Bryson DeChambeau is a U.S. Open champion.
At 27 years old, DeChambeau captures his first major championship, shooting a final round 67 to win by six, despite hitting 23 of 56 fairways this week. DeChambeau was the only golfer under-par in the fourth round, the first time this occurred for a U.S. Open champion since Jack Fleck in 1955.
DeChambeau started the day two strokes back of 54-hole leader Matthew Wolff. Despite missing the fairway on the par-4 fourth hole, DeChambeau recorded his first birdie of the round, making a 13-foot putt.
Bryson DeChambeau Wins 2020 U.S. Open
With Wolff bogeying three of the first eight holes, DeChambeau took advantage. Even though he bogeyed the eighth hole, DeChambeau responded on the par-5 9th with an eagle. DeChambeau is the first since Tiger Woods at the 2008 U.S. Open to record multiple eagles in a week, en route to the major championship. The last golfer to record an eagle on the final round of a U.S. Open was Ralph Guldahl in 1937.
Since bogeying the 8th hole, DeChambeau went three-under holes 9 through 11, separating himself from Wolff and the rest of the field. Whether it was the eagle putt on the ninth or the birdie putt off the green on the par-4 11th, DeChambeau’s putting and approach game were sensational this week at Winged Foot. DeChambeau finished this week second in strokes gained: around the green and third in strokes gained: approach.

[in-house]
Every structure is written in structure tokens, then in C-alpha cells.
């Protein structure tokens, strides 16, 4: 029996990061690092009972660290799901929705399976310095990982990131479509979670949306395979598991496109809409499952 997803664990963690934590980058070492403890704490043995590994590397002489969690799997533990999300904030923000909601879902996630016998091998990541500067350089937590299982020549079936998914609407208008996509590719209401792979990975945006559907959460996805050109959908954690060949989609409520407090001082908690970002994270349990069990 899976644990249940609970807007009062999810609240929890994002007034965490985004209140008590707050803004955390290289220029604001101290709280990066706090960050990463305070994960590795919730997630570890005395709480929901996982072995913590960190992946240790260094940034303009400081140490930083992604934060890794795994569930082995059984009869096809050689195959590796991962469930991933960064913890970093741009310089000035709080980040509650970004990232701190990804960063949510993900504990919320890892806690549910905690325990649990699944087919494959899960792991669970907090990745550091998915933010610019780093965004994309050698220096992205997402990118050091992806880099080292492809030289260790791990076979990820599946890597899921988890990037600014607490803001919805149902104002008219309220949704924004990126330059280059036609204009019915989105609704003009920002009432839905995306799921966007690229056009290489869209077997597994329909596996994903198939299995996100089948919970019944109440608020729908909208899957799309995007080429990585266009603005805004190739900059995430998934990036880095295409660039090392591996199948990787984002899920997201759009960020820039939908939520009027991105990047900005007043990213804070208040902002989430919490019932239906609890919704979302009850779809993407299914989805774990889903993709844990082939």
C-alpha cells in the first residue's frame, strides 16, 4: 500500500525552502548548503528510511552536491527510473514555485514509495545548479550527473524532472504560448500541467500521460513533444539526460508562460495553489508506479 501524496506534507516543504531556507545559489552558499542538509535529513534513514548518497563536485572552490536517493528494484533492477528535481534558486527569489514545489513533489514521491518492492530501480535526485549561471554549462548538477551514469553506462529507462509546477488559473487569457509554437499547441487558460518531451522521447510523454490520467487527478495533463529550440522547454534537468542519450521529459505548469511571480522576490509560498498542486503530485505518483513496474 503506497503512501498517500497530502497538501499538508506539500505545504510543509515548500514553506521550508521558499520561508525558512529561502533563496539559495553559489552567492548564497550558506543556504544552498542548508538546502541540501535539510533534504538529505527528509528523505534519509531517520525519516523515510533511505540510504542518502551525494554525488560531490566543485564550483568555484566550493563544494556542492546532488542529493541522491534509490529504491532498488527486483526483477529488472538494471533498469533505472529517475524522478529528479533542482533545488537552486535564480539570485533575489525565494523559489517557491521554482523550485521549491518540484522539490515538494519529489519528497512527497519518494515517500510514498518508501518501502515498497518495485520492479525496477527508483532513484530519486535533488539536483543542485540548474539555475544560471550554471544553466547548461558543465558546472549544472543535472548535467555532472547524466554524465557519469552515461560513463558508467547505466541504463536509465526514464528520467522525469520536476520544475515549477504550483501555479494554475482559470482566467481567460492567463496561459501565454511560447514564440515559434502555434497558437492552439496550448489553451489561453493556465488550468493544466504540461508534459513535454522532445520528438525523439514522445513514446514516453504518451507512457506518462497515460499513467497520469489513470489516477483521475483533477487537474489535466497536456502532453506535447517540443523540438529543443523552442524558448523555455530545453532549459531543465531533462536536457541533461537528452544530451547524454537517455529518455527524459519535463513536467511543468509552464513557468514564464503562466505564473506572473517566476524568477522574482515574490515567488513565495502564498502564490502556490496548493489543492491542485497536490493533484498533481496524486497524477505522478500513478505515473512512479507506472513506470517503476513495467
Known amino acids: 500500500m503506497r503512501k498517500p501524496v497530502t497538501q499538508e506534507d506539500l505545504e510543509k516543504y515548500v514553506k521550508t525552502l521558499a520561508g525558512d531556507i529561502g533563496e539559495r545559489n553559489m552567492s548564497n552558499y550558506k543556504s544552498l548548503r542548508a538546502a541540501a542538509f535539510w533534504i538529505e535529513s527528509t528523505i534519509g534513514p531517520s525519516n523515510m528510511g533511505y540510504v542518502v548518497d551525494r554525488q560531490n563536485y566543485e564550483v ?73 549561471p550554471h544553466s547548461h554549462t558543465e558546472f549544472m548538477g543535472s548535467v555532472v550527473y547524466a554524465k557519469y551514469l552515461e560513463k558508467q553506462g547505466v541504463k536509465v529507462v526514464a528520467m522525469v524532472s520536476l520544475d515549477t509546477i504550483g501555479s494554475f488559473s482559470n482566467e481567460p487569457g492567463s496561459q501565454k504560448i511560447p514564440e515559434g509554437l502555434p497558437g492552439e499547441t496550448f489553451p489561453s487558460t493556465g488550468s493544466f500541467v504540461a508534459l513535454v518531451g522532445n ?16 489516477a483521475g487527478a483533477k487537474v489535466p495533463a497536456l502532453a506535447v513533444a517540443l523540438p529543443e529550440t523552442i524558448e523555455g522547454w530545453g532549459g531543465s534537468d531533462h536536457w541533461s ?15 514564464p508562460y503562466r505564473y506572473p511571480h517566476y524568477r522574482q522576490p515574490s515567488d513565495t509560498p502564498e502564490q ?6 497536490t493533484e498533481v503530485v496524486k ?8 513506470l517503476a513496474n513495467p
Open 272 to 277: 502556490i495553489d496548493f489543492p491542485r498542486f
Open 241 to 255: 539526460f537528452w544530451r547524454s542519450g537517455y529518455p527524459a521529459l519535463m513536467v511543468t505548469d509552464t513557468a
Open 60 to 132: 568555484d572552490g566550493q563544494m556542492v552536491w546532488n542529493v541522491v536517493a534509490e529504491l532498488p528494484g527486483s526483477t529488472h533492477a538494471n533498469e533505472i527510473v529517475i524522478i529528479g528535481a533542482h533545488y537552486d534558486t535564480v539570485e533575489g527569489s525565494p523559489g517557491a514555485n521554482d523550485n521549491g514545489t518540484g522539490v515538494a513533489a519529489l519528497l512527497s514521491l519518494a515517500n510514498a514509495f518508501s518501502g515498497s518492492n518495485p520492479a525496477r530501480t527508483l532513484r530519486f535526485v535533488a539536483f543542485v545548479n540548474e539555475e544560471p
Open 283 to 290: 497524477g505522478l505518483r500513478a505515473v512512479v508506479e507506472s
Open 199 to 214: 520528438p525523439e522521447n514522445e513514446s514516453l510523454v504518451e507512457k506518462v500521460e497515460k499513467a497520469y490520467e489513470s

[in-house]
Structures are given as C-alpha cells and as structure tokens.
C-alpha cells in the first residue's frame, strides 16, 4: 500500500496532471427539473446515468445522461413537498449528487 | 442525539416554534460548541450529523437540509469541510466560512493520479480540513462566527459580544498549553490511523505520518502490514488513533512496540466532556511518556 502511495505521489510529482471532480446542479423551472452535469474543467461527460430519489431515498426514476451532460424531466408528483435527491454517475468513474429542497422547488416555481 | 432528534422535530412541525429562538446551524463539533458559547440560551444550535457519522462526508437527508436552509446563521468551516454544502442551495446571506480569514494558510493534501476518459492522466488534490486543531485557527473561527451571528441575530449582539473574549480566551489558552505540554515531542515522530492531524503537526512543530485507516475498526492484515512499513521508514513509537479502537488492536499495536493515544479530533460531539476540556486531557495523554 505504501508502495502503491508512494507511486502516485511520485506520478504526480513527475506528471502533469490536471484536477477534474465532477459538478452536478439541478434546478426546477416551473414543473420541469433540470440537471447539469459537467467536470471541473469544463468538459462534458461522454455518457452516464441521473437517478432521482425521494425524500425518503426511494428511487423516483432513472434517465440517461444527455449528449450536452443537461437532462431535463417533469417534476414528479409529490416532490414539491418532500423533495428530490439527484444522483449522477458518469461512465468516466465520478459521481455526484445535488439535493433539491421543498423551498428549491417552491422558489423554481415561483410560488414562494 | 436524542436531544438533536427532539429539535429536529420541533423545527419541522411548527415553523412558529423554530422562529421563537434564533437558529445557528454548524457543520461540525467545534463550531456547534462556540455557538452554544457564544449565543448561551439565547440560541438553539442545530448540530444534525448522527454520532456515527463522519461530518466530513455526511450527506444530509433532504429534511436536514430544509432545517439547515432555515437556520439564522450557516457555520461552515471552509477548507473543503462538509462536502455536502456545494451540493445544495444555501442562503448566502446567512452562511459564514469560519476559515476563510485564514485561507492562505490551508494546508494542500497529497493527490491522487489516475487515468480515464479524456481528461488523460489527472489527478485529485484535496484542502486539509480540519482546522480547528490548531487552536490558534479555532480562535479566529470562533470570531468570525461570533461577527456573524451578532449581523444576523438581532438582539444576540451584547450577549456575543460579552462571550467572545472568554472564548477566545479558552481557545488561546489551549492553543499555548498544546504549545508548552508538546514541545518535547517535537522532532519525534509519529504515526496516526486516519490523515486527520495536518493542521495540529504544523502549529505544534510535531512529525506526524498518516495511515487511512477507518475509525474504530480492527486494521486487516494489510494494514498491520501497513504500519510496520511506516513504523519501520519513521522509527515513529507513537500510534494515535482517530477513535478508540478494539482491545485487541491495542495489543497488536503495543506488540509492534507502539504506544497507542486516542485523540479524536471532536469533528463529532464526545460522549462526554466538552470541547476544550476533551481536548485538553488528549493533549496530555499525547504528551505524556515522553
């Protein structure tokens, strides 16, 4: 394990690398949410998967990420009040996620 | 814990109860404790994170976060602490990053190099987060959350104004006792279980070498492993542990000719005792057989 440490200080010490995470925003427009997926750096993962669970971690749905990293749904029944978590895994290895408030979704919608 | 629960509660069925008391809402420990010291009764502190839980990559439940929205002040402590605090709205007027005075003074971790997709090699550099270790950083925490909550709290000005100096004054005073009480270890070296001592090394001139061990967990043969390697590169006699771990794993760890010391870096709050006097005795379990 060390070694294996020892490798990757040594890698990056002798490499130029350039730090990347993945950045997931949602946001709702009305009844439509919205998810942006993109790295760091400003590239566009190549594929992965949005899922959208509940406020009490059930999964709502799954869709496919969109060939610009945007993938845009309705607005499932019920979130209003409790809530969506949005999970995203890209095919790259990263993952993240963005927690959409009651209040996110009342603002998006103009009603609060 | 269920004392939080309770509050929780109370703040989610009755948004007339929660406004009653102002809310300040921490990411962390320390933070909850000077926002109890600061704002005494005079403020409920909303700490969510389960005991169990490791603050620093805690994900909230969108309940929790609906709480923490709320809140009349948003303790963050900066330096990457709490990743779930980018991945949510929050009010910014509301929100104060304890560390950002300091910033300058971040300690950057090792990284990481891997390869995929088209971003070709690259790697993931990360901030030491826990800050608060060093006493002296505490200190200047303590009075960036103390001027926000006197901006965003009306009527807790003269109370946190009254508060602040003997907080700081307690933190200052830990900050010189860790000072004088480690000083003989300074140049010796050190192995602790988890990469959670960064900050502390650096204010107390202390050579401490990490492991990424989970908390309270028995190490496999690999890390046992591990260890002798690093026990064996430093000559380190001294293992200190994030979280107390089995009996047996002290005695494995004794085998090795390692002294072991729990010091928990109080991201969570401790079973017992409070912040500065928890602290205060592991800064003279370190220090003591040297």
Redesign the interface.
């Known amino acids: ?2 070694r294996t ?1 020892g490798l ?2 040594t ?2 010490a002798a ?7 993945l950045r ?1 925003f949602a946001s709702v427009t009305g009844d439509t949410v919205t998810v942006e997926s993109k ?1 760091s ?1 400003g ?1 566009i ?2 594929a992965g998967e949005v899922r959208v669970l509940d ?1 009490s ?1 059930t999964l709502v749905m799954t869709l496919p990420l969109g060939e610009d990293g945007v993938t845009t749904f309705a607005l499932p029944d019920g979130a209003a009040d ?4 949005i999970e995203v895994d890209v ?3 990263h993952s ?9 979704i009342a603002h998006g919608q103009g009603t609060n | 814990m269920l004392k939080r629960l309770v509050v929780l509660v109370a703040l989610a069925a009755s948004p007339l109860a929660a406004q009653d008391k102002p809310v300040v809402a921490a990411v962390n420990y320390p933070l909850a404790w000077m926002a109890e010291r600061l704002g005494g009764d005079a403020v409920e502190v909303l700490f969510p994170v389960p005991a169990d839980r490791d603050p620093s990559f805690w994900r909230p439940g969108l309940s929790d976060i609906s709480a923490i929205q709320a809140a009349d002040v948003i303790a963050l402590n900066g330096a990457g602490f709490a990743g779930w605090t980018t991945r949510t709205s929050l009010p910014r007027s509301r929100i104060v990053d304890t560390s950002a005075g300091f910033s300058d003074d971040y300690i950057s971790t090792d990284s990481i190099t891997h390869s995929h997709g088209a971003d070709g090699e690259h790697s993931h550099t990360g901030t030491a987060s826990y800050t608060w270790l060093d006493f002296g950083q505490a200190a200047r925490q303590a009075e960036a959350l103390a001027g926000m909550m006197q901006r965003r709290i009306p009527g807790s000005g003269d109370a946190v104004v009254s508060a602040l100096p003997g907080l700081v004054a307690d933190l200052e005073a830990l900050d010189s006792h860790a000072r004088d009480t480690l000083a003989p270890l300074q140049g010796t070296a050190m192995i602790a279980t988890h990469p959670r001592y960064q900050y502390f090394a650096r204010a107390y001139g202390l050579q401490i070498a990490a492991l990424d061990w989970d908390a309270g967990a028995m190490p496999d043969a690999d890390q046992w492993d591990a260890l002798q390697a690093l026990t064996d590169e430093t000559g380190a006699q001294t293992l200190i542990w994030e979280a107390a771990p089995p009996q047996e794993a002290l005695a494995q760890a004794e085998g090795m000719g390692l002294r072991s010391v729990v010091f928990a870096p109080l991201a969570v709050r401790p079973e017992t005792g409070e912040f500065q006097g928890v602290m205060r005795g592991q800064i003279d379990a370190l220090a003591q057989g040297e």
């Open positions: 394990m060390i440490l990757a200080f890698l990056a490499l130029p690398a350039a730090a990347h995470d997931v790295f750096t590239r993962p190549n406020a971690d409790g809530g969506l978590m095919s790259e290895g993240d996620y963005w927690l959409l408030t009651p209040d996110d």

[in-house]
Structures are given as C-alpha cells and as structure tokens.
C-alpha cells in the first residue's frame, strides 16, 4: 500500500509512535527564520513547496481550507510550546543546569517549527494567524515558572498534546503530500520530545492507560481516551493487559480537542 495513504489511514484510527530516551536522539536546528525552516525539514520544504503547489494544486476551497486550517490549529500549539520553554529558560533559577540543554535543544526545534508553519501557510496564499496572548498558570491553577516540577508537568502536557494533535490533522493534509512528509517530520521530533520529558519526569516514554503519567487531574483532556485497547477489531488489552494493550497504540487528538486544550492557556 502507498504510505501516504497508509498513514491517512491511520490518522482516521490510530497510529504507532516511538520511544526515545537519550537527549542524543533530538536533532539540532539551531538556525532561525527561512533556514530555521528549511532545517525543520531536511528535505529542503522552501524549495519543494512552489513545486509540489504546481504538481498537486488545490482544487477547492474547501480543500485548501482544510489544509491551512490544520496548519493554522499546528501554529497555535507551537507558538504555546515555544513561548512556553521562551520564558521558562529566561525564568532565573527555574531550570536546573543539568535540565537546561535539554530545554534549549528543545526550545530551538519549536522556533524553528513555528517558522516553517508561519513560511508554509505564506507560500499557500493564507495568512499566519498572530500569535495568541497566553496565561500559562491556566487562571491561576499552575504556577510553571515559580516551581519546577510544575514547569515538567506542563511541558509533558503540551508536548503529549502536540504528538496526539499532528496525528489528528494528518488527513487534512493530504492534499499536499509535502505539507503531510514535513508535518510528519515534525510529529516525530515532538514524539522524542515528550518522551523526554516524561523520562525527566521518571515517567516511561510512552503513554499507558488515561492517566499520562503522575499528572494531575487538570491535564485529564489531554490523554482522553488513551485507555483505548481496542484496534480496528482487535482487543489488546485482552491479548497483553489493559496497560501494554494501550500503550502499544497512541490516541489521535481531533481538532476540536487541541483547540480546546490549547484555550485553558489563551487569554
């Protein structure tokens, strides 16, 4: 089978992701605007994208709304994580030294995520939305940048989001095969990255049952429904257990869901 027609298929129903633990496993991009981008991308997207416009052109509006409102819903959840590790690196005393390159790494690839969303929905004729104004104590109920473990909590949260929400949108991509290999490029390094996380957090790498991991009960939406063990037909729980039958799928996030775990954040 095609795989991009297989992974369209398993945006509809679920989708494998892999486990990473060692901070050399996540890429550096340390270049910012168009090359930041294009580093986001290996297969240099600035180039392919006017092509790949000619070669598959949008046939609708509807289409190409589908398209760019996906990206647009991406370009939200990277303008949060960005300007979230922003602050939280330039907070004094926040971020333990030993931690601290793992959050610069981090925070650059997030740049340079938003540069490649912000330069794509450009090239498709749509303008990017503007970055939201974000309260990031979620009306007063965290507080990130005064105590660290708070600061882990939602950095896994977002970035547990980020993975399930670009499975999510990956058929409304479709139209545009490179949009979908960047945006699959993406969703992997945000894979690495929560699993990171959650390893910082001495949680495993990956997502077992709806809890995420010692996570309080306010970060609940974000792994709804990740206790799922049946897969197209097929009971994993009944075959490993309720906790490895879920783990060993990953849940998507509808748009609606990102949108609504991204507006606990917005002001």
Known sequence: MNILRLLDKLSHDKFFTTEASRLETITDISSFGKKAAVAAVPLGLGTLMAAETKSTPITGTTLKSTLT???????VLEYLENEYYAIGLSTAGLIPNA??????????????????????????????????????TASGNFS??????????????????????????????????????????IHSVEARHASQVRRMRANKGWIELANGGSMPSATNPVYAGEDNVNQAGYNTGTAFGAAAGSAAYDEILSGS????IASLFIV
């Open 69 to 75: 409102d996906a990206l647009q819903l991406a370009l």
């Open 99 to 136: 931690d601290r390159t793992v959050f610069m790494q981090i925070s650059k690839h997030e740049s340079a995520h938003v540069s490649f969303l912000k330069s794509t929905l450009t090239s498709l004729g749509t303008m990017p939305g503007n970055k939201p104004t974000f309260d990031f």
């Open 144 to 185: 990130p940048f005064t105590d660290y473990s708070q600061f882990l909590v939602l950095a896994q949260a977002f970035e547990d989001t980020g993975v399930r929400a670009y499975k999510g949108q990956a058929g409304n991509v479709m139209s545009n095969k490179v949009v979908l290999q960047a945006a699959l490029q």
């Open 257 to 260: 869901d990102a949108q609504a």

DeChambeau needed to make some critical putts the last six holes, including a five-foot, par save on the 13th. On the 14th hole, as Wolff made bogey, DeChambeau converted a 10-foot par putt to have a four-shot lead, which he never gave up.
DeChambeau gained 7.9 strokes on the field in the final round, just shy of 1973 U.S. Open champion Johnny Miller (a.k.a. The Miracle at Oakmont).
The now seven-time winner on the PGA Tour, DeChambeau became the first to shoot an under-par final round at Winged Foot; coming into Sunday, the average final-round score was 76.
With the victory, DeChambeau joins Tiger Woods and Jack Nicklaus as the golfers to win the U.S. Amateur, NCAA Championship, and U.S. Open.